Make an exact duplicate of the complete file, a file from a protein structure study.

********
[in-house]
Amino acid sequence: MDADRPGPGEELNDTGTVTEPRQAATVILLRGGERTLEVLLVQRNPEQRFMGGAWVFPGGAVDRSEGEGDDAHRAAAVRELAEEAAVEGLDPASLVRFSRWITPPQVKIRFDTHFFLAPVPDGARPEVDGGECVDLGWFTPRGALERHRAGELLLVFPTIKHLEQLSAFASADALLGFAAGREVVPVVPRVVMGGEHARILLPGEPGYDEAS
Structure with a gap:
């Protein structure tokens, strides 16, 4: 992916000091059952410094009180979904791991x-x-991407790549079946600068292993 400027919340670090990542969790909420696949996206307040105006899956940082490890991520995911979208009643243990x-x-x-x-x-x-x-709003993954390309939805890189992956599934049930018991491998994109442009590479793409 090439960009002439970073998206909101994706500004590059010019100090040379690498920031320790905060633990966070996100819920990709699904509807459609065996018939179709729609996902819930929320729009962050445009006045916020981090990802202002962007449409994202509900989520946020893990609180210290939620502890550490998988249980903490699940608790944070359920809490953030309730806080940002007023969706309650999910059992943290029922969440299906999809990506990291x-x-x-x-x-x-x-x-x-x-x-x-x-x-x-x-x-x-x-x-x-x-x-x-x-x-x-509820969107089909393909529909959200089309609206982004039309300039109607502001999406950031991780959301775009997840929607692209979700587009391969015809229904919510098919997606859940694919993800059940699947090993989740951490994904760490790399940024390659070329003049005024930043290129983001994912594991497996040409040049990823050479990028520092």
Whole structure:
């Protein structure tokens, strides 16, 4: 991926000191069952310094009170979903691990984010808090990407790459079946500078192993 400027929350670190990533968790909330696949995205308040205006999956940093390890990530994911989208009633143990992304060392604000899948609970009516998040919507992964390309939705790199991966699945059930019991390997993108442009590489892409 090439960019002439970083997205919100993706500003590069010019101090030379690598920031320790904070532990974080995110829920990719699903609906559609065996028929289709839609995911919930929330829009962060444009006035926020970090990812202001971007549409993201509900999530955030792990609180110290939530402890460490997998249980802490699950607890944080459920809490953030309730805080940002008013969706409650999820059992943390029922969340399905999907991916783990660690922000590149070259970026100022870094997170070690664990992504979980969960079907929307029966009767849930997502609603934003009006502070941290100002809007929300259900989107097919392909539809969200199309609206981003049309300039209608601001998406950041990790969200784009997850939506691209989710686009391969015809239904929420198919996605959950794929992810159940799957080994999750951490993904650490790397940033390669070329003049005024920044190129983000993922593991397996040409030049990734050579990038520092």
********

[in-house]
Amino acid sequence: MDADRPGPGEELNDTGTVTEPRQAATVILLRGGERTLEVLLVQRNPEQRFMGGAWVFPGGAVDRSEGEGDDAHRAAAVRELAEEAAVEGLDPASLVRFSRWITPPQVKIRFDTHFFLAPVPDGARPEVDGGECVDLGWFTPRGALERHRAGELLLVFPTIKHLEQLSAFASADALLGFAAGREVVPVVPRVVMGGEHARILLPGEPGYDEAS
Structure with a gap:
């Protein structure tokens, strides 16, 4: 992916000091059952410094009180979904791991x-x-991407790549079946600068292993 400027919340670090990542969790909420696949996206307040105006899956940082490890991520995911979208009643243990x-x-x-x-x-x-x-709003993954390309939805890189992956599934049930018991491998994109442009590479793409 090439960009002439970073998206909101994706500004590059010019100090040379690498920031320790905060633990966070996100819920990709699904509807459609065996018939179709729609996902819930929320729009962050445009006045916020981090990802202002962007449409994202509900989520946020893990609180210290939620502890550490998988249980903490699940608790944070359920809490953030309730806080940002007023969706309650999910059992943290029922969440299906999809990506990291x-x-x-x-x-x-x-x-x-x-x-x-x-x-x-x-x-x-x-x-x-x-x-x-x-x-x-509820969107089909393909529909959200089309609206982004039309300039109607502001999406950031991780959301775009997840929607692209979700587009391969015809229904919510098919997606859940694919993800059940699947090993989740951490994904760490790399940024390659070329003049005024930043290129983001994912594991497996040409040049990823050479990028520092």
Whole structure:
């Protein structure tokens, strides 16, 4: 991926000191069952310094009170979903691990984010808090990407790459079946500078192993 400027929350670190990533968790909330696949995205308040205006999956940093390890990530994911989208009633143990992304060392604000899948609970009516998040919507992964390309939705790199991966699945059930019991390997993108442009590489892409 090439960019002439970083997205919100993706500003590069010019101090030379690598920031320790904070532990974080995110829920990719699903609906559609065996028929289709839609995911919930929330829009962060444009006035926020970090990812202001971007549409993201509900999530955030792990609180110290939530402890460490997998249980802490699950607890944080459920809490953030309730805080940002008013969706409650999820059992943390029922969340399905999907991916783990660690922000590149070259970026100022870094997170070690664990992504979980969960079907929307029966009767849930997502609603934003009006502070941290100002809007929300259900989107097919392909539809969200199309609206981003049309300039209608601001998406950041990790969200784009997850939506691209989710686009391969015809239904929420198919996605959950794929992810159940799957080994999750951490993904650490790397940033390669070329003049005024920044190129983000993922593991397996040409030049990734050579990038520092």